Housing (Scotland) Act 2001 and 2010: repossession guidance for social landlords
Statutory guidance aimed at social landlords, giving guidance on pre-action requirements and recent changes to repossession orders.
This notice is a warning that the landlord may raise proceedings in the sheriff court to gain possession of the house you live in. It is not a notice to quit and it does not affect your right to continue living in the house or obligations to pay rent. You cannot be evicted from your house unless the sheriff grants a possession order.
These Notes are intended for guidance only. If you are at all uncertain about what this notice means or if you are unsure of your rights you should get advice as quickly as possible. You may be able to get this from the landlord, from your local Housing Advice Centre (which is independent of the landlord), a Citizens Advice Bureau, or from a solicitor. If you need to employ a solicitor, legal aid may be available depending on your income.
The date given in the notice is the earliest date on which the landlord can start court action for possession. After that date the landlord is allowed to start court action at any time during the following 6 months. If the landlord does not start court action in that 6 month period they would have to serve another one of these notices on you before they could start court action.
The law sets out the grounds on which the sheriff may order recovery of possession of your house. The landlord has explained in the notice the reason or reasons why they are considering taking court action and which paragraph(s) of Part 1 of schedule 2 to the Housing (Scotland) Act 2001 applies/apply.
The reason(s) given for seeking possession include(s) rent arrears. When seeking possession for this reason the landlord must have completed a number of steps called Pre-Action Requirements before issuing you with this notice. The landlord has explained above the steps they have taken to meet these Pre-Action Requirements.
[Text for notice to a tenant:
Your landlord will serve a notice on any qualifying occupiers who live with you. A qualifying occupier is a person who is 16 years old or more and occupies your house as their only or main home. This can be a lodger or someone you have assigned, sublet or given up the house or part of it to, with the landlord's consent. The qualifying occupier can be party to any court action by applying to the sheriff court. This allows the sheriff to consider a qualifying occupier's rights and the consequences of repossession for them. ]*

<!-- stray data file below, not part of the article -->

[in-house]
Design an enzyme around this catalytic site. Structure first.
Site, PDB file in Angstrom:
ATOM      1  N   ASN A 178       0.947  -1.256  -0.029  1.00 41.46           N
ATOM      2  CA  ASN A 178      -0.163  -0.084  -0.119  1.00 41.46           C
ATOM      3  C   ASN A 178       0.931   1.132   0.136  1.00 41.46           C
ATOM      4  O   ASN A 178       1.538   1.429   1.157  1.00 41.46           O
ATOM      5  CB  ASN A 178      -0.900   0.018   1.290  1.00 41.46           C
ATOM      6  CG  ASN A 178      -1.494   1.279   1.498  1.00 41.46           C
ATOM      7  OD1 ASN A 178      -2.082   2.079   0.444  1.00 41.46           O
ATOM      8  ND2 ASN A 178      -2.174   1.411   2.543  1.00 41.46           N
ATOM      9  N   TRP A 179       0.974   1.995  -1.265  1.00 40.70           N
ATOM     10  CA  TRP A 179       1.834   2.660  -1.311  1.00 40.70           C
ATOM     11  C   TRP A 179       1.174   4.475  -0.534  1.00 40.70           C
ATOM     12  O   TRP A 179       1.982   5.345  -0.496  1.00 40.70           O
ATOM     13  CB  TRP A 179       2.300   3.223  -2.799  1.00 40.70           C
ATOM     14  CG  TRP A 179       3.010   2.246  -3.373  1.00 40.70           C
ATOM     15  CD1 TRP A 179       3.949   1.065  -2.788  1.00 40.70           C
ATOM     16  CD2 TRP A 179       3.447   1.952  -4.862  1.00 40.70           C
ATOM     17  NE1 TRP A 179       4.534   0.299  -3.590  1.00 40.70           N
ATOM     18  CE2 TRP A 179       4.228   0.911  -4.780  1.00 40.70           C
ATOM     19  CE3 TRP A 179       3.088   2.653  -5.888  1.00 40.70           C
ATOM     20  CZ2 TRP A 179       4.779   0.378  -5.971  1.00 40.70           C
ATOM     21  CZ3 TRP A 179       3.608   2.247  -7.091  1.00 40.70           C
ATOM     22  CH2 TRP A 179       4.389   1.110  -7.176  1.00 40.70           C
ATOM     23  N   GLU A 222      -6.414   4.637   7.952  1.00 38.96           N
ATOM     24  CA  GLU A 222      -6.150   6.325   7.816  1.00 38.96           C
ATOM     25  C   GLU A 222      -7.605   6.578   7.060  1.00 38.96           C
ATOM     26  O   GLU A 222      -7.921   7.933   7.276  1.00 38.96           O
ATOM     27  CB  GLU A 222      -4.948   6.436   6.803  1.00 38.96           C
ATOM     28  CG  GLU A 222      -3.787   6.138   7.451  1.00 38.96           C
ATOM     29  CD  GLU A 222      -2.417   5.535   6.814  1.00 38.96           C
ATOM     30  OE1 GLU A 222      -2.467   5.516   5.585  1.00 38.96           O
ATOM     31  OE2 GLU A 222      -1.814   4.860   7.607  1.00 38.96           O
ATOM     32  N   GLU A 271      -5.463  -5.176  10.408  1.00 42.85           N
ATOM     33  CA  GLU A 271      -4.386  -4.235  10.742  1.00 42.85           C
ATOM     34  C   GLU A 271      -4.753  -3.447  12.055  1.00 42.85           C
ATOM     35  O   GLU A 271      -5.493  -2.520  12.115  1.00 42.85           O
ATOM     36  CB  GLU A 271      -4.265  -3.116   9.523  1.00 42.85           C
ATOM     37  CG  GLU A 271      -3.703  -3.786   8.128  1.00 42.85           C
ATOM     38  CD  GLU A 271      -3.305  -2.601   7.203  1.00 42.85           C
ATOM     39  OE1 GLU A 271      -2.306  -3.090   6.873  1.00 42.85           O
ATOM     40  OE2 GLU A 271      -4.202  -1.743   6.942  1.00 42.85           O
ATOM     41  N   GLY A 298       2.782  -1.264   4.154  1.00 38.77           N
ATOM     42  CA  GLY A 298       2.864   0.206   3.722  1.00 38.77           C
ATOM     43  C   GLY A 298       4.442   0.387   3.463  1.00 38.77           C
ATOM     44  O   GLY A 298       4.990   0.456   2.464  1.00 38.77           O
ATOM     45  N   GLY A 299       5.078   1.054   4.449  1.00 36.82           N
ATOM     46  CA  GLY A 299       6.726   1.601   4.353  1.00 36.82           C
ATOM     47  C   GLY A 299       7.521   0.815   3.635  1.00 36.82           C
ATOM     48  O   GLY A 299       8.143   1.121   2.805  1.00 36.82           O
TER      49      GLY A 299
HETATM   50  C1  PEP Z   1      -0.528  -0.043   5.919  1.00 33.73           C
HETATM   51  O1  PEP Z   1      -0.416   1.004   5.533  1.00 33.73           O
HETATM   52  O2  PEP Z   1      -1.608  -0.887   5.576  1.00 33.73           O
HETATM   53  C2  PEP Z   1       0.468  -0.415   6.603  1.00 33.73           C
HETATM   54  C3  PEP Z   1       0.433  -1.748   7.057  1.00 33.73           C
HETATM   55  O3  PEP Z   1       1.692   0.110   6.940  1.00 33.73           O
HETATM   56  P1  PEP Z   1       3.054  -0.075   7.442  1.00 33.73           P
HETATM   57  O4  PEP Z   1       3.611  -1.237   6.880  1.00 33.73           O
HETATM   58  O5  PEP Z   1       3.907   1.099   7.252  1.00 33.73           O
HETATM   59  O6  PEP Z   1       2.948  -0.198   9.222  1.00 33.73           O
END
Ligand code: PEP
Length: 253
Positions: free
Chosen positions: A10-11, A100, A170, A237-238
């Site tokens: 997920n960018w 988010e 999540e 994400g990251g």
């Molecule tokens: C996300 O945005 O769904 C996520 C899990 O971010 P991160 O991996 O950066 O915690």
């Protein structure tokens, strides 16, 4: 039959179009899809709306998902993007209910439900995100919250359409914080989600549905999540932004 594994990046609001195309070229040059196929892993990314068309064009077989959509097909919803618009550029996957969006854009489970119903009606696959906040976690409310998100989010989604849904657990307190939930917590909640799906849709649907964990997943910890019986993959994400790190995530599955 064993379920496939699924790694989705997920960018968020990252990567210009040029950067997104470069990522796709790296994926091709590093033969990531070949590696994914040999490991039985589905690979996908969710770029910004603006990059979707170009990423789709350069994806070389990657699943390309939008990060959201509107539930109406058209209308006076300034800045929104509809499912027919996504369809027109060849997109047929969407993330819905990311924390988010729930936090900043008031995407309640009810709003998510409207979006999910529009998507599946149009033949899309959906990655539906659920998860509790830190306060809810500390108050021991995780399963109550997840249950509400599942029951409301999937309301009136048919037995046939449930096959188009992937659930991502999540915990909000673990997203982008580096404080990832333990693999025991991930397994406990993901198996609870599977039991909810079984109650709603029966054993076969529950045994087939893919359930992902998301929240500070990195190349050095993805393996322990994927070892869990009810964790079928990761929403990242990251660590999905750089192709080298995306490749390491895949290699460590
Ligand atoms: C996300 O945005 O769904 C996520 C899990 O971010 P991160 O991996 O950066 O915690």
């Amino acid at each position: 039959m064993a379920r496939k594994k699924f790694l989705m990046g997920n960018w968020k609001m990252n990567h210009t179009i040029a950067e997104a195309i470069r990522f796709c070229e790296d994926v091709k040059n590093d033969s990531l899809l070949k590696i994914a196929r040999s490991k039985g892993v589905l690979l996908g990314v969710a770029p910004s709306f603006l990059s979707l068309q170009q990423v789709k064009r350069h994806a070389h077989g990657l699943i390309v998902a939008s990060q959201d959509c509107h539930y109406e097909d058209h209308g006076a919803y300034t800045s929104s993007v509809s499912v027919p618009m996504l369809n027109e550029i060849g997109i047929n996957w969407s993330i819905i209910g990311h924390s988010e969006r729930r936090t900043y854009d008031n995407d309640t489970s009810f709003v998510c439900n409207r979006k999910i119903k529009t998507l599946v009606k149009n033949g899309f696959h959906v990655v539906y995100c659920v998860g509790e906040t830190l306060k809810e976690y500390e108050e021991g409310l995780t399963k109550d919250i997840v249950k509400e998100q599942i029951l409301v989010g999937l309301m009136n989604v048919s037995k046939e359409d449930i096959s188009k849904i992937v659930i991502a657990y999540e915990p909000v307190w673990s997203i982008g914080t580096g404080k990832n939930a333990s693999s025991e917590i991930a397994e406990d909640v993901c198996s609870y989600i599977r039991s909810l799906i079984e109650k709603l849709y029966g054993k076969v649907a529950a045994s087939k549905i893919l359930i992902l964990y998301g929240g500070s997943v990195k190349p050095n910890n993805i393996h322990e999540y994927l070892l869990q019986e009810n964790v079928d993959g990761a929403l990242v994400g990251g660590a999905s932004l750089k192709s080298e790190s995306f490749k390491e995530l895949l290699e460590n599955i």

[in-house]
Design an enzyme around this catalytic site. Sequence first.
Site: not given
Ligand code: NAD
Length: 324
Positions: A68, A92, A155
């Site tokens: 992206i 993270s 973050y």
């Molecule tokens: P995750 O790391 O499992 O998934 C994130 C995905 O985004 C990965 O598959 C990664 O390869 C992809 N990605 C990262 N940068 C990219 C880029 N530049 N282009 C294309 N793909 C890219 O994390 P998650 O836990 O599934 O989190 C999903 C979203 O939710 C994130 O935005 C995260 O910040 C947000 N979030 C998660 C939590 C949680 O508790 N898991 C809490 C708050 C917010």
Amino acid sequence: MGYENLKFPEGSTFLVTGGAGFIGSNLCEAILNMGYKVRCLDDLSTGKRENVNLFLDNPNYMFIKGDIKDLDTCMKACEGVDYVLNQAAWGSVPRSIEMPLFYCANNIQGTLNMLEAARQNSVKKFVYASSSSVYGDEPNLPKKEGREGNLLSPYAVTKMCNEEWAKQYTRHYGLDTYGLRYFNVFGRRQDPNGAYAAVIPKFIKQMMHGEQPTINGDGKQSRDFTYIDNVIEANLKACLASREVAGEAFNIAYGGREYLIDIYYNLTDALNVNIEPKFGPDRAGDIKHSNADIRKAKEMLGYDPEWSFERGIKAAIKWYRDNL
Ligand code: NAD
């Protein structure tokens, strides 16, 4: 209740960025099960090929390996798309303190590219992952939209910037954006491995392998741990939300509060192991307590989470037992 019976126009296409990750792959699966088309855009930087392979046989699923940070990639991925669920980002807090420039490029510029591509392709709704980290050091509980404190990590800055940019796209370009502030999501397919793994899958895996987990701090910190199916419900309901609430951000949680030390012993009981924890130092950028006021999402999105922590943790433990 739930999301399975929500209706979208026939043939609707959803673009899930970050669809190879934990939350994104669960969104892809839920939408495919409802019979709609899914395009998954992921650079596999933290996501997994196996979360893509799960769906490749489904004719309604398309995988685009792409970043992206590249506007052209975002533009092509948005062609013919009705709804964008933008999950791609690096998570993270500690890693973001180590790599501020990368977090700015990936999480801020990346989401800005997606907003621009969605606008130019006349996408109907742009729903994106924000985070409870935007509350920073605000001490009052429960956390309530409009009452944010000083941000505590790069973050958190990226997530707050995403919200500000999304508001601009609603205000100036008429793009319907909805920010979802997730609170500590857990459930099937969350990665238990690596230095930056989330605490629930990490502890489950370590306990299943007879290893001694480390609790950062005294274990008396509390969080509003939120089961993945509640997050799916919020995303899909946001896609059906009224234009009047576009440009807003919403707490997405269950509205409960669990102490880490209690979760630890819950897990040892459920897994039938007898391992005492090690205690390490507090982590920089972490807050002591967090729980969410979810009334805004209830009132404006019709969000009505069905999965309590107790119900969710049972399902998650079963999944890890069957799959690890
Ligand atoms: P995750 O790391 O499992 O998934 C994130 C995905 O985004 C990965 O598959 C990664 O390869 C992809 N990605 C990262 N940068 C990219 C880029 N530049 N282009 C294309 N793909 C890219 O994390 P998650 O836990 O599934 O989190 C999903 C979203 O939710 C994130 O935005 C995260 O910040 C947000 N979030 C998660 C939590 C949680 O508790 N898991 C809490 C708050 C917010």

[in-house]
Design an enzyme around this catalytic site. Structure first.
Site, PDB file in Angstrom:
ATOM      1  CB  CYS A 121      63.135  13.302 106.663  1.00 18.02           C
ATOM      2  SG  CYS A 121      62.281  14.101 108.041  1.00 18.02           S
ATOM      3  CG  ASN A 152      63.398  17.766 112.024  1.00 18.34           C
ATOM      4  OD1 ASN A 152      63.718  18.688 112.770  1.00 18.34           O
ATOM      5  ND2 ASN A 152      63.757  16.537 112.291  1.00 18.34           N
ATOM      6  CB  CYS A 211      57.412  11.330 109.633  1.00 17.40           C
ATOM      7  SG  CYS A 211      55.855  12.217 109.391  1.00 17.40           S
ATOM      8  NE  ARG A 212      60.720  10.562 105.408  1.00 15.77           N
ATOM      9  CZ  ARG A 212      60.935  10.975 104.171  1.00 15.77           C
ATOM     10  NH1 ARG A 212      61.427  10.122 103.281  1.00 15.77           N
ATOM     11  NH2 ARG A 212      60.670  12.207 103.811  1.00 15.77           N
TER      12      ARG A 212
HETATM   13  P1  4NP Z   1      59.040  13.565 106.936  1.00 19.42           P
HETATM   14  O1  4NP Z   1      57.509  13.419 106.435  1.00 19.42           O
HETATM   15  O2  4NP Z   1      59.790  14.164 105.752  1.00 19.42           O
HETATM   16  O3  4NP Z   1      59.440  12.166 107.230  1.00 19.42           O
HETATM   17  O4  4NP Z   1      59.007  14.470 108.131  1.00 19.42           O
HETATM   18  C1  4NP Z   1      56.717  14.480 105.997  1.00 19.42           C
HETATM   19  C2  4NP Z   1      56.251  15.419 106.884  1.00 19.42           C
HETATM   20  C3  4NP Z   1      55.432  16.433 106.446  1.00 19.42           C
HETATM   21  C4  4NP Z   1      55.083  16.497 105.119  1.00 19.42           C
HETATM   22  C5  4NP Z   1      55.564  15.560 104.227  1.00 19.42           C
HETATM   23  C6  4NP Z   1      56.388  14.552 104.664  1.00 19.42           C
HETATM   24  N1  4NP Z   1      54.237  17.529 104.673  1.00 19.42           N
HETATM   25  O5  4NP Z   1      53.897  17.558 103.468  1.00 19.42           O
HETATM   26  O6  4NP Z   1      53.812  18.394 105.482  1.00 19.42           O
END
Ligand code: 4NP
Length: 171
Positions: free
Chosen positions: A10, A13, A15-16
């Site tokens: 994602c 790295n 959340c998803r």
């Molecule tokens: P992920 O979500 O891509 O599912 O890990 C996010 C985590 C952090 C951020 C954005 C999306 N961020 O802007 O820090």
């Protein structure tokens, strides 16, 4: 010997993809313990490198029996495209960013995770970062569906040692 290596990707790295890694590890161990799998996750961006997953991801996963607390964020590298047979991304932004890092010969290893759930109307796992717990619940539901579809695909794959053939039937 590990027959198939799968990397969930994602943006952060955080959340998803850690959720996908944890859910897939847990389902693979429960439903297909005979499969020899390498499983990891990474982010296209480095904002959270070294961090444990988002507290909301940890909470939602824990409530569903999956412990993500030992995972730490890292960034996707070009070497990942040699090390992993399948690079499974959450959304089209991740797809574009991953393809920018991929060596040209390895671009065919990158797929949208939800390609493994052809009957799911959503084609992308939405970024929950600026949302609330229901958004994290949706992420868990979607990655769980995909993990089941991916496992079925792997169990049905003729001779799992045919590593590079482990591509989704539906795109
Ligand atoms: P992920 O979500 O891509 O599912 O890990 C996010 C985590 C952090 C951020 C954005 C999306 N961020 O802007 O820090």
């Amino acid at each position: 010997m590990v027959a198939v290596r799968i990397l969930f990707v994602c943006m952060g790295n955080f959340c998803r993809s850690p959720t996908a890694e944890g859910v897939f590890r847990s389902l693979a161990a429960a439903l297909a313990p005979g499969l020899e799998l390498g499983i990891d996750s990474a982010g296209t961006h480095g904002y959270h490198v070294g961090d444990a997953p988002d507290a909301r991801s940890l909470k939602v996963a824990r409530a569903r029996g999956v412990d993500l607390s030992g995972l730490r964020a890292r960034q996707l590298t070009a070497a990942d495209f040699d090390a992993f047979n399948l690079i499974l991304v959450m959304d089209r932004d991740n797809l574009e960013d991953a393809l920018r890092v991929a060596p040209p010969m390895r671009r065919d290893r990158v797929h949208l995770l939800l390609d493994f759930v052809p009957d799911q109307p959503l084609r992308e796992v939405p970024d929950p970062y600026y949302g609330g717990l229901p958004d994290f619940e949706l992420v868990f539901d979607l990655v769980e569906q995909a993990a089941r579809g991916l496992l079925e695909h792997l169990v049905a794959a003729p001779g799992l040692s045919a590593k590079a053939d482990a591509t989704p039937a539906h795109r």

[Text for notice to a qualifying occupier:
As a qualifying occupier, you have the right to play a part in any court action arising from this notice. You are entitled to have your rights considered and you or your representative will be able to put your point of view to the sheriff, for example, to explain the consequences of the repossession action for you. ]*
If the landlord does take court action for possession, the sheriff will be concerned with whether the facts of the case are correct and, if so, whether it is reasonable that you should be evicted. In deciding whether it is reasonable, the sheriff must take into account all the circumstances of the case. The sheriff must also take into account the specific criteria set out in section 16 of the Housing (Scotland) Act 2001, which are broadly as follows:
* Delete where not applicable
- the nature, frequency and duration of the conduct leading to the eviction proceedings;
- [Text for ground 2: the nature, frequency and duration of the conduct for which the tenant, a person residing or lodging with them or a subtenant was convicted; ]*
- how far the tenant was personally responsible for the conduct leading to the eviction proceedings or whether it was the consequence of acts or omissions by others;
- the effect of the conduct on others, for example, whether there are serious adverse consequences for other local residents; and
- whether the landlord has considered and, if appropriate tried, other courses of action to stop the conduct before opting for eviction.
The sheriff may decide not to grant a possession order, or may delay the decision or impose conditions which must be complied with. If a possession order is granted, the landlord will be able to evict you. If the landlord does evict you, it will not be under any obligation to re-house you. You should not assume that you will be entitled to be re-housed by the landlord or a local authority.
* Delete where not applicable
Email: Pauline Brice, email@example.com
Phone: 0300 244 4000 – Central Enquiry Unit
The Scottish Government
St Andrew's House
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